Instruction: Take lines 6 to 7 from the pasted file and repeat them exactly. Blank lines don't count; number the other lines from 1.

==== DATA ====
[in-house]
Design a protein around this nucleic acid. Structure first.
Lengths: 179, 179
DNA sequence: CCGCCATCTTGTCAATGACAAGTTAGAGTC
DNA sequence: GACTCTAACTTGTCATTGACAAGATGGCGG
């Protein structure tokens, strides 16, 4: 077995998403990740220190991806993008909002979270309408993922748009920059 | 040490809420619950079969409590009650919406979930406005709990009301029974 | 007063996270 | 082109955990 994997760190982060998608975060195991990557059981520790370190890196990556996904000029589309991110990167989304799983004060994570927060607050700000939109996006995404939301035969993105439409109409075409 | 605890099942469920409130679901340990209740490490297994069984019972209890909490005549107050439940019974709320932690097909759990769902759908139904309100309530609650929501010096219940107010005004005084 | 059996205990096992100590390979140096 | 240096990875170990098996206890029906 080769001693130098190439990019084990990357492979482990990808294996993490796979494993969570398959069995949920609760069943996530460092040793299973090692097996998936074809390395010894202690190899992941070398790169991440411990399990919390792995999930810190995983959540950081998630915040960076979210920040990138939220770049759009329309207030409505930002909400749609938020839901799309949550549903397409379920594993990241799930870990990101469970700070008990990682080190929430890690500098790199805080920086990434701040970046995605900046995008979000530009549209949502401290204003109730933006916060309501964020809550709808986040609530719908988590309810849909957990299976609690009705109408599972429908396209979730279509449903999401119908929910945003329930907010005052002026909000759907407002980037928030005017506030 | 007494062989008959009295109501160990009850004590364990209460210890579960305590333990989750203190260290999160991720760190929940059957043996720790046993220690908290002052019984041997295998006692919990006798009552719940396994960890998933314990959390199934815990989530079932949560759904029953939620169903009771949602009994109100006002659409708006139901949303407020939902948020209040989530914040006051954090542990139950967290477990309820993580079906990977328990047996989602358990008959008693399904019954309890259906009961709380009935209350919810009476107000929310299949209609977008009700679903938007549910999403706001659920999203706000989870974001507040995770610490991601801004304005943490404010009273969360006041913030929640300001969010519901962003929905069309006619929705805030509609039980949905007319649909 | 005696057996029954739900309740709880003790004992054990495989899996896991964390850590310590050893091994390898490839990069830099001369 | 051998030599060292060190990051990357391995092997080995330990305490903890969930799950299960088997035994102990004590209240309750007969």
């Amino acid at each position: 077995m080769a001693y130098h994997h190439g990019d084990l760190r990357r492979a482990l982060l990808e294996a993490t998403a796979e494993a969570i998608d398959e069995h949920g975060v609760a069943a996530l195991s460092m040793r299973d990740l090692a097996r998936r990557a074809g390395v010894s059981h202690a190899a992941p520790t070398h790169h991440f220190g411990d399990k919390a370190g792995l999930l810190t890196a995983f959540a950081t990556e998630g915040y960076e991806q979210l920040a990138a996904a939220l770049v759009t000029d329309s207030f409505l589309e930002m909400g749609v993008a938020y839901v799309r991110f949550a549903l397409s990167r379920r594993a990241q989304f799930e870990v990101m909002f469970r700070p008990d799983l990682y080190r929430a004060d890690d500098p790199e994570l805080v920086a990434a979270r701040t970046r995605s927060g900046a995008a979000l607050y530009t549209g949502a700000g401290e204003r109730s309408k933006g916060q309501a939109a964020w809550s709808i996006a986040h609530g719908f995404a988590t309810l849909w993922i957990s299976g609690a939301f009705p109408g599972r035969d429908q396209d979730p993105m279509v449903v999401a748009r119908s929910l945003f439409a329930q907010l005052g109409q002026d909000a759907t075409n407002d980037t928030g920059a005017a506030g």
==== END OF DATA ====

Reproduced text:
């Protein structure tokens, strides 16, 4: 077995998403990740220190991806993008909002979270309408993922748009920059 | 040490809420619950079969409590009650919406979930406005709990009301029974 | 007063996270 | 082109955990 994997760190982060998608975060195991990557059981520790370190890196990556996904000029589309991110990167989304799983004060994570927060607050700000939109996006995404939301035969993105439409109409075409 | 605890099942469920409130679901340990209740490490297994069984019972209890909490005549107050439940019974709320932690097909759990769902759908139904309100309530609650929501010096219940107010005004005084 | 059996205990096992100590390979140096 | 240096990875170990098996206890029906 080769001693130098190439990019084990990357492979482990990808294996993490796979494993969570398959069995949920609760069943996530460092040793299973090692097996998936074809390395010894202690190899992941070398790169991440411990399990919390792995999930810190995983959540950081998630915040960076979210920040990138939220770049759009329309207030409505930002909400749609938020839901799309949550549903397409379920594993990241799930870990990101469970700070008990990682080190929430890690500098790199805080920086990434701040970046995605900046995008979000530009549209949502401290204003109730933006916060309501964020809550709808986040609530719908988590309810849909957990299976609690009705109408599972429908396209979730279509449903999401119908929910945003329930907010005052002026909000759907407002980037928030005017506030 | 007494062989008959009295109501160990009850004590364990209460210890579960305590333990989750203190260290999160991720760190929940059957043996720790046993220690908290002052019984041997295998006692919990006798009552719940396994960890998933314990959390199934815990989530079932949560759904029953939620169903009771949602009994109100006002659409708006139901949303407020939902948020209040989530914040006051954090542990139950967290477990309820993580079906990977328990047996989602358990008959008693399904019954309890259906009961709380009935209350919810009476107000929310299949209609977008009700679903938007549910999403706001659920999203706000989870974001507040995770610490991601801004304005943490404010009273969360006041913030929640300001969010519901962003929905069309006619929705805030509609039980949905007319649909 | 005696057996029954739900309740709880003790004992054990495989899996896991964390850590310590050893091994390898490839990069830099001369 | 051998030599060292060190990051990357391995092997080995330990305490903890969930799950299960088997035994102990004590209240309750007969």
């Amino acid at each position: 077995m080769a001693y130098h994997h190439g990019d084990l760190r990357r492979a482990l982060l990808e294996a993490t998403a796979e494993a969570i998608d398959e069995h949920g975060v609760a069943a996530l195991s460092m040793r299973d990740l090692a097996r998936r990557a074809g390395v010894s059981h202690a190899a992941p520790t070398h790169h991440f220190g411990d399990k919390a370190g792995l999930l810190t890196a995983f959540a950081t990556e998630g915040y960076e991806q979210l920040a990138a996904a939220l770049v759009t000029d329309s207030f409505l589309e930002m909400g749609v993008a938020y839901v799309r991110f949550a549903l397409s990167r379920r594993a990241q989304f799930e870990v990101m909002f469970r700070p008990d799983l990682y080190r929430a004060d890690d500098p790199e994570l805080v920086a990434a979270r701040t970046r995605s927060g900046a995008a979000l607050y530009t549209g949502a700000g401290e204003r109730s309408k933006g916060q309501a939109a964020w809550s709808i996006a986040h609530g719908f995404a988590t309810l849909w993922i957990s299976g609690a939301f009705p109408g599972r035969d429908q396209d979730p993105m279509v449903v999401a748009r119908s929910l945003f439409a329930q907010l005052g109409q002026d909000a759907t075409n407002d980037t928030g920059a005017a506030g």